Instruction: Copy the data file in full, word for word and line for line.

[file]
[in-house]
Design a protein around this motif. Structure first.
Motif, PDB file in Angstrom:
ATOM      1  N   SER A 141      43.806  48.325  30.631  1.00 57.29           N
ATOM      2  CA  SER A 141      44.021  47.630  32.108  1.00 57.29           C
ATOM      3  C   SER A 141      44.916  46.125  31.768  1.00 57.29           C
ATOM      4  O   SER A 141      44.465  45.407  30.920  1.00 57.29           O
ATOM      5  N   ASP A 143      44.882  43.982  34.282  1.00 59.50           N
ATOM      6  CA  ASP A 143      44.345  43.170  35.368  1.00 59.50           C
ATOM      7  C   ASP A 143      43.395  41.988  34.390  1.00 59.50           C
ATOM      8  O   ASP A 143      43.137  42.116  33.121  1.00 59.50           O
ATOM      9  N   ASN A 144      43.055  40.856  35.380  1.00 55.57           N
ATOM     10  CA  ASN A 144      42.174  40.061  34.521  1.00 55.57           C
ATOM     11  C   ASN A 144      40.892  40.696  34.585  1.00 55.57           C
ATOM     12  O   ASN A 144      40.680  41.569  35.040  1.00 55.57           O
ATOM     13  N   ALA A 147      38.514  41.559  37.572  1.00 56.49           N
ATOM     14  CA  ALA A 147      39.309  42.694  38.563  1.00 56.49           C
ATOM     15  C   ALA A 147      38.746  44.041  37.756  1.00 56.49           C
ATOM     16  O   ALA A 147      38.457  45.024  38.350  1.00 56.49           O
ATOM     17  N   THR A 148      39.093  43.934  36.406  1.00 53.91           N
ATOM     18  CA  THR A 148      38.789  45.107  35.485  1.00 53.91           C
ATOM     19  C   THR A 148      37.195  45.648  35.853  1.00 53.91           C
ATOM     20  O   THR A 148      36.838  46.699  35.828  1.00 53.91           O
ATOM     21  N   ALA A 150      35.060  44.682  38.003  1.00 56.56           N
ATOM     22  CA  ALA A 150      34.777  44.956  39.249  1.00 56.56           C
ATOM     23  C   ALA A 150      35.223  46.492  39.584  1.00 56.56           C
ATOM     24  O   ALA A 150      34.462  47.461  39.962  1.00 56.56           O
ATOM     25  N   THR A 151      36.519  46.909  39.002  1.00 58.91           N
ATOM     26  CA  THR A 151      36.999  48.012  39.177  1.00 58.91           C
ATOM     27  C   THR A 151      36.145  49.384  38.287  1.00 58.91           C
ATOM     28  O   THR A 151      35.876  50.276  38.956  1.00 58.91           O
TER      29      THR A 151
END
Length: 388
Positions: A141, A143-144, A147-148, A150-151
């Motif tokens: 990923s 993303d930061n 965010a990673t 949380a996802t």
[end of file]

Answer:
[in-house]
Design a protein around this motif. Structure first.
Motif, PDB file in Angstrom:
ATOM      1  N   SER A 141      43.806  48.325  30.631  1.00 57.29           N
ATOM      2  CA  SER A 141      44.021  47.630  32.108  1.00 57.29           C
ATOM      3  C   SER A 141      44.916  46.125  31.768  1.00 57.29           C
ATOM      4  O   SER A 141      44.465  45.407  30.920  1.00 57.29           O
ATOM      5  N   ASP A 143      44.882  43.982  34.282  1.00 59.50           N
ATOM      6  CA  ASP A 143      44.345  43.170  35.368  1.00 59.50           C
ATOM      7  C   ASP A 143      43.395  41.988  34.390  1.00 59.50           C
ATOM      8  O   ASP A 143      43.137  42.116  33.121  1.00 59.50           O
ATOM      9  N   ASN A 144      43.055  40.856  35.380  1.00 55.57           N
ATOM     10  CA  ASN A 144      42.174  40.061  34.521  1.00 55.57           C
ATOM     11  C   ASN A 144      40.892  40.696  34.585  1.00 55.57           C
ATOM     12  O   ASN A 144      40.680  41.569  35.040  1.00 55.57           O
ATOM     13  N   ALA A 147      38.514  41.559  37.572  1.00 56.49           N
ATOM     14  CA  ALA A 147      39.309  42.694  38.563  1.00 56.49           C
ATOM     15  C   ALA A 147      38.746  44.041  37.756  1.00 56.49           C
ATOM     16  O   ALA A 147      38.457  45.024  38.350  1.00 56.49           O
ATOM     17  N   THR A 148      39.093  43.934  36.406  1.00 53.91           N
ATOM     18  CA  THR A 148      38.789  45.107  35.485  1.00 53.91           C
ATOM     19  C   THR A 148      37.195  45.648  35.853  1.00 53.91           C
ATOM     20  O   THR A 148      36.838  46.699  35.828  1.00 53.91           O
ATOM     21  N   ALA A 150      35.060  44.682  38.003  1.00 56.56           N
ATOM     22  CA  ALA A 150      34.777  44.956  39.249  1.00 56.56           C
ATOM     23  C   ALA A 150      35.223  46.492  39.584  1.00 56.56           C
ATOM     24  O   ALA A 150      34.462  47.461  39.962  1.00 56.56           O
ATOM     25  N   THR A 151      36.519  46.909  39.002  1.00 58.91           N
ATOM     26  CA  THR A 151      36.999  48.012  39.177  1.00 58.91           C
ATOM     27  C   THR A 151      36.145  49.384  38.287  1.00 58.91           C
ATOM     28  O   THR A 151      35.876  50.276  38.956  1.00 58.91           O
TER      29      THR A 151
END
Length: 388
Positions: A141, A143-144, A147-148, A150-151
């Motif tokens: 990923s 993303d930061n 965010a990673t 949380a996802t």